By now you’ve heard of CNN’s tracking down and threatening to reveal the identity of “Han”, the person who first created the Trump wrasling CNN GIF. (A GIF is an animated picture, sort of like a really short video.) You’ve heard, I imagine, that CNN threatened to reveal Han’s identity (now called “doxing”, when someone threatens to out someone on the Internet with malicious intent) unless Han agreed to live up to CNN’s standards for healthy living. Here, you can read CNN’s position and decide for yourself what CNN meant:
“CNN is not publishing “HanA**holeSolo’s” name because he is a private citizen who has issued an extensive statement of apology, showed his remorse by saying he has taken down all his offending posts, and because he said he is not going to repeat this ugly behavior on social media again. In addition, he said his statement could serve as an example to others not to do the same. CNN reserves the right to publish his identity should any of that change.” (from CNN’s website)
All’s well that ends well, right?
Let’s say Han posts a GIF that intimates he doesn’t believe in climate change. There are plenty of folks at CNN who think that is blasphemy. From CNN’s Christiane Amanpour equating climate change skeptics to the purveyors of “ethnic cleansing and genocide in Bosnia” and a boatload of on-air talent calling climate change opposition “deniers” in a clearly derogatory manner, it would appear that Han, our now apologetic Reddit poster, would have so incensed CNN with a climate change GIF that he would then be revealed by CNN to be the lying, wicked, bigot, racist, anti-Semite, littering, dog kicking, kitten hating, recidivist, naysayer that CNN contends he is, or was, until he profusely apologized to CNN when they used their exhaustive resources to track him down.
If CNN were to reveal his identity, so what? Well it appears that even CNN believes that a heap of righteous indignation would fall upon his head. Otherwise, why even mention the threat? This poor guy, regardless of his personal beliefs, hasn’t done anything more than create a GIF of Trump tackling CNN. He didn’t throw a firebomb through a storefront in Ferguson, Missouri. He didn’t shoot an officer in Baton Rouge. He didn’t incite a riot in Baltimore. He created a (1 – humorous to some, or 2 – in poor taste to others) GIF.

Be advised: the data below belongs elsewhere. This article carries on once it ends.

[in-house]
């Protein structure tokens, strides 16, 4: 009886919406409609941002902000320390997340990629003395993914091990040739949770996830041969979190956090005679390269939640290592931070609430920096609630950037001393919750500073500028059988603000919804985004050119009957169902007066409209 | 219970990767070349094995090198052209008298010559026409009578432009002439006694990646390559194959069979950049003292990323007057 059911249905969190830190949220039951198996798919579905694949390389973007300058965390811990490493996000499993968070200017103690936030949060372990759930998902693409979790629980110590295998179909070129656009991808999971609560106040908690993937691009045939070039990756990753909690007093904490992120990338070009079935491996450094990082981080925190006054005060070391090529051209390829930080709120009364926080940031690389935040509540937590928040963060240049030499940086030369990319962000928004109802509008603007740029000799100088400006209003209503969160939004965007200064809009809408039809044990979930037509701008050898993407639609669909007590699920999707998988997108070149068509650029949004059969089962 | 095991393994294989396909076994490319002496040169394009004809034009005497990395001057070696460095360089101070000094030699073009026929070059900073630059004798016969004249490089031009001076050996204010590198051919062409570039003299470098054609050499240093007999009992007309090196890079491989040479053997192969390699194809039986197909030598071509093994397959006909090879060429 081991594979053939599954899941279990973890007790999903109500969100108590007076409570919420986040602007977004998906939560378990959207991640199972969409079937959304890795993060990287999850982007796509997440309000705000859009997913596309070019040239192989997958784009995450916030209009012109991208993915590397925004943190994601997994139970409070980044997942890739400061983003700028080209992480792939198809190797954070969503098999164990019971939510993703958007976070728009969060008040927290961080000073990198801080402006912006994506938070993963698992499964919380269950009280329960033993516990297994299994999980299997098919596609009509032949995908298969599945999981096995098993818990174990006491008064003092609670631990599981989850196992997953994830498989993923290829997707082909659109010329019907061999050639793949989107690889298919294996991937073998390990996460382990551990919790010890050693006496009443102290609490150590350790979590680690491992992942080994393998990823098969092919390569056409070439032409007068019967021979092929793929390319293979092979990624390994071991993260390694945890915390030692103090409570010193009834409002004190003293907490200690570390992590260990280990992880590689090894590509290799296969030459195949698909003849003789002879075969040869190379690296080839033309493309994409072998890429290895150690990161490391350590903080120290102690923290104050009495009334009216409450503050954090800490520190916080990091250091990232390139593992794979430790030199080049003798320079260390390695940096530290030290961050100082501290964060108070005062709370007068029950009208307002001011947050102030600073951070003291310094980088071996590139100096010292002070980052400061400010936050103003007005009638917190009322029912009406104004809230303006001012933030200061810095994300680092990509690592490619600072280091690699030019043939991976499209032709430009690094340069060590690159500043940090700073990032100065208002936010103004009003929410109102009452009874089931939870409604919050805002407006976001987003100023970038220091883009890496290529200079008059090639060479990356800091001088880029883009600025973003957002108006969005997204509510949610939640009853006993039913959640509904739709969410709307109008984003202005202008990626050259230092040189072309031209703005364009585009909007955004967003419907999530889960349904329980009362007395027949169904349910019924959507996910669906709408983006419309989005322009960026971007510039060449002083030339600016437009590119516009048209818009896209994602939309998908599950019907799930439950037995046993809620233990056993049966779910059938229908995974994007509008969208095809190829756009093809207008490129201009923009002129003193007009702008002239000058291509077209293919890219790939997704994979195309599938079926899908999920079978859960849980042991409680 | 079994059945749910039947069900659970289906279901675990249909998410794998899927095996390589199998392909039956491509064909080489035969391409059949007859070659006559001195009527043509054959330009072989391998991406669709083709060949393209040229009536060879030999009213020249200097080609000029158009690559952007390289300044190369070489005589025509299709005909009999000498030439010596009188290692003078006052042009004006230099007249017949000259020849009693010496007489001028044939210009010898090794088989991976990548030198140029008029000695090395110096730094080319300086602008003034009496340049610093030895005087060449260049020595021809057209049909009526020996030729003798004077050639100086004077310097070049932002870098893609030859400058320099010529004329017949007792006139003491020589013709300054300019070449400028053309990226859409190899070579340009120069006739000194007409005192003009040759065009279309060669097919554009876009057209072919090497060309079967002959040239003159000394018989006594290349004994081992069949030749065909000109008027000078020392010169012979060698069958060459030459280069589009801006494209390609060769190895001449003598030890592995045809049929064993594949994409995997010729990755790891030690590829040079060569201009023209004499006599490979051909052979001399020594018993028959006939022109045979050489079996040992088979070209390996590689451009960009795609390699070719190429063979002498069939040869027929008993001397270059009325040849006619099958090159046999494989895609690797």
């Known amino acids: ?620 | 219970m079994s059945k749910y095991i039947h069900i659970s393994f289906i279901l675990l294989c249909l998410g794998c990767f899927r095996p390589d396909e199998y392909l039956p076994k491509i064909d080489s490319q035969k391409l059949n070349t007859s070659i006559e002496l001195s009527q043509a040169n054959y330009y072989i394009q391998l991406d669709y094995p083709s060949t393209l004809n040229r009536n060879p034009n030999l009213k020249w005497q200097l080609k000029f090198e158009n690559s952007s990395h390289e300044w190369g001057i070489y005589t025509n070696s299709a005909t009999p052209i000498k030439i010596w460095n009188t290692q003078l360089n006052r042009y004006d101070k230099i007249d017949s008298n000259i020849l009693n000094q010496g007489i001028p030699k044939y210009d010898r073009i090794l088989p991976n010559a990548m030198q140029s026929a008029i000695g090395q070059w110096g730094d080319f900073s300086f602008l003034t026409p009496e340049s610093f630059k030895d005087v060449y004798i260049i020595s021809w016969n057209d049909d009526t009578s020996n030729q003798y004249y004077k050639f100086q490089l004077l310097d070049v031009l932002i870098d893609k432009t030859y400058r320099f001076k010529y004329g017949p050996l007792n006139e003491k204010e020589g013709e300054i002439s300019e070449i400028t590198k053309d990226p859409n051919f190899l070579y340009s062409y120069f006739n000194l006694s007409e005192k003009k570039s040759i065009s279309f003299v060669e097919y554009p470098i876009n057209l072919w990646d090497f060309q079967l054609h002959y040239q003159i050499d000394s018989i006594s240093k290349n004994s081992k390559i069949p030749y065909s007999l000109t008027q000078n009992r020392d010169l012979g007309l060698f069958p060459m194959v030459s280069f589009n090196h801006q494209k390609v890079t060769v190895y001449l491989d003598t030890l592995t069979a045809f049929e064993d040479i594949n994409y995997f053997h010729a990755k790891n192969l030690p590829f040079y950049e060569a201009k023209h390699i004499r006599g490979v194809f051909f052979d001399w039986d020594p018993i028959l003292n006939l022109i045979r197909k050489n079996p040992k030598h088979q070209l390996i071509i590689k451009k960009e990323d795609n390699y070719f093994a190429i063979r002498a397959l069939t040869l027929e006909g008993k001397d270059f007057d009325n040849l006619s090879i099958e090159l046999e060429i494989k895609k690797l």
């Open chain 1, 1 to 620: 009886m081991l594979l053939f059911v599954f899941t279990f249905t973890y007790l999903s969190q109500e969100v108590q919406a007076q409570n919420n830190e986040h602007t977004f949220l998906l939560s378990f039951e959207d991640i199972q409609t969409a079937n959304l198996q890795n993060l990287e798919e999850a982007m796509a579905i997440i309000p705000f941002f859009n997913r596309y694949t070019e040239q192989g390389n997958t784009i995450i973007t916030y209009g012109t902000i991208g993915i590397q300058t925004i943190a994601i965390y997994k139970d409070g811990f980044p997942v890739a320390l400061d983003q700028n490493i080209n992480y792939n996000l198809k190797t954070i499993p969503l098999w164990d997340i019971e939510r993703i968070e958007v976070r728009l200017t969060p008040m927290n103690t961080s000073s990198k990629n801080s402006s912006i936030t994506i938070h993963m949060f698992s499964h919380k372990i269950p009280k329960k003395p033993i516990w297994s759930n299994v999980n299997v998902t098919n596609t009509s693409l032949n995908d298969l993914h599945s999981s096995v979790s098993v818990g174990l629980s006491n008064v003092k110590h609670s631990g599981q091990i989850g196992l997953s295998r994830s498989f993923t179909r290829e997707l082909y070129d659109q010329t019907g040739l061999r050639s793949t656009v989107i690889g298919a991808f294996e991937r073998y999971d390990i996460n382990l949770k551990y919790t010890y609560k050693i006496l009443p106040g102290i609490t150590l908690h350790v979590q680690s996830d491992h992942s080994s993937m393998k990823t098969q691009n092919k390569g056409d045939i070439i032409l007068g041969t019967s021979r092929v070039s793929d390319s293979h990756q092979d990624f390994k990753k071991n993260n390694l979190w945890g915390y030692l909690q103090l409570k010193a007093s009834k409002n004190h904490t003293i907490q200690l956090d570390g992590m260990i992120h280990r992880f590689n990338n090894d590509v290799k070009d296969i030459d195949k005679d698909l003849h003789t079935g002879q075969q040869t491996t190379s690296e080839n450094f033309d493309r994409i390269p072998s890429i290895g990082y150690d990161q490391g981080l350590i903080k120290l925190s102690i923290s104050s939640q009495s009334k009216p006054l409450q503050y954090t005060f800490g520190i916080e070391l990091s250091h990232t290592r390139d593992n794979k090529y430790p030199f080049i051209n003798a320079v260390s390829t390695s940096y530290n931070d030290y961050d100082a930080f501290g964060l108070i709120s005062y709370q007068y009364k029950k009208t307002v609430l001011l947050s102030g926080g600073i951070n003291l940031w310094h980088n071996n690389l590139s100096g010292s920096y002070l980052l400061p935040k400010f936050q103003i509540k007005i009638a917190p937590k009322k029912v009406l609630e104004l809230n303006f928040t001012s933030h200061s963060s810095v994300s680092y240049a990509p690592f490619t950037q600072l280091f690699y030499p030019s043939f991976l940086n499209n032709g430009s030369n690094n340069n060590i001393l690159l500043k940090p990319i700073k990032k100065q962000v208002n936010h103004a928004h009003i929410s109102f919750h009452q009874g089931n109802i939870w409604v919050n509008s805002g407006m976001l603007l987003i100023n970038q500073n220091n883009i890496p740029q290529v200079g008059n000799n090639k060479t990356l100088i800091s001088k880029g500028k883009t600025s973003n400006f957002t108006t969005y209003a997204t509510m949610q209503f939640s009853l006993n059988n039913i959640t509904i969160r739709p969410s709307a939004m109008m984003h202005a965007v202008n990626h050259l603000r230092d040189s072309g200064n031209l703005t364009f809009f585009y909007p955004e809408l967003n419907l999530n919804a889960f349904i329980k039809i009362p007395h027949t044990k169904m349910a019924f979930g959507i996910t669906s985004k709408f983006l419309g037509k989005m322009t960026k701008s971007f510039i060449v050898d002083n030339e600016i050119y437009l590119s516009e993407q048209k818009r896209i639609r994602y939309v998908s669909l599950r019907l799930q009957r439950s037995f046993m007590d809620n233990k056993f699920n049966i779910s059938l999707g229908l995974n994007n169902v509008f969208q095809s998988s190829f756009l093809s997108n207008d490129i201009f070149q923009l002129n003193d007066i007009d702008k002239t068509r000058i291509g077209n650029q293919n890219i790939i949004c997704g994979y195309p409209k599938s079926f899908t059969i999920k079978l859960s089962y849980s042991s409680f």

While CNN decries the Trump anti-media tweets, Trump’s supporters and most of Mainstreet America either agree with Trump or don’t care. In a recent poll, Trump’s favorable rating of 42% beat the Mainstream Media’s 36%. (Suffolk Univ./USA Today, June 2017). So it seems like CNN’s protesth too much. But, besides having fragile feelings, did CNN commit a crime by threatening Han?
CNN is based in Atlanta, which despite the wishes of some at CNN, is still in Georgia. Sen. Ted Cruz, suggested in a tweet that CNN’s lawyers would be taking a look at theft by extortion in Georgia. While I think highly of Sen. Cruz, his tweet only addressed one of the two important elements of the law. The problem is that the first part of that code requires that the victim have property unlawfully taken from him. What property was taken? His “right” to be left alone? Georgia doesn’t recognize that right, as best as I can tell, as property. So I don’t see the theft statute being an issue for CNN.
There is a Georgia law called “Computer Invasion of Privacy. Any person who uses a computer or computer network with the intention of examining … any other financial or personal data relating to any other person with knowledge that such examination is without authority shall be guilty of the crime of computer invasion of privacy.” Did CNN have authority to engage in the surreptitious conduct that was used to unveil Han’s true identity? Doubtful. Did CNN violate Reddit’s or Facebook policies? Probably. But it is still a stretch to prosecute CNN for violating Georgia law, that whole “freedom of the press” thing still exists.
Possibly more problematic for CNN is a federal statute, 18 USC 241 says: “If two or more persons conspire to injure, oppress, threaten, or intimidate any person … in the free exercise or enjoyment of any right or privilege secured to him by the Constitution or laws of the United States, or because of his having so exercised the same;… They shall be fined under this title or imprisoned not more than ten years, or both…?” However, it would take a literal “Act of Congress” and years of hearings to get any federal prosecutor to take on CNN. Politics is a rough and tumble business, and CNN undoubtedly has such extensive contacts in the FBI, DOJ and Congress to keep any thought of a federal investigation at bay.
Is there a right to be left alone? Generally no. In this case, Han started the mess with his attempt at being funny. But what if you just happen to be the one in the spotlight, through no fault of your own. You were a witness to an apparent assault and talked to the police, but now as the story has gotten flipped around, the media is digging deep into your background. Can you keep your name out of the paper, or the news media off your doorstep? Not really, which is why more and more people choose not to get involved.
The right to privacy is no greater than the freedom of the press, which is no greater than the right to remain silent and so on. Each and every right is important and sometimes they get trampled on by someone else’s exercise of their rights. I hope for his sake that Han remains anonymous so that he is free from harm. Politics can be a dangerous activity these days.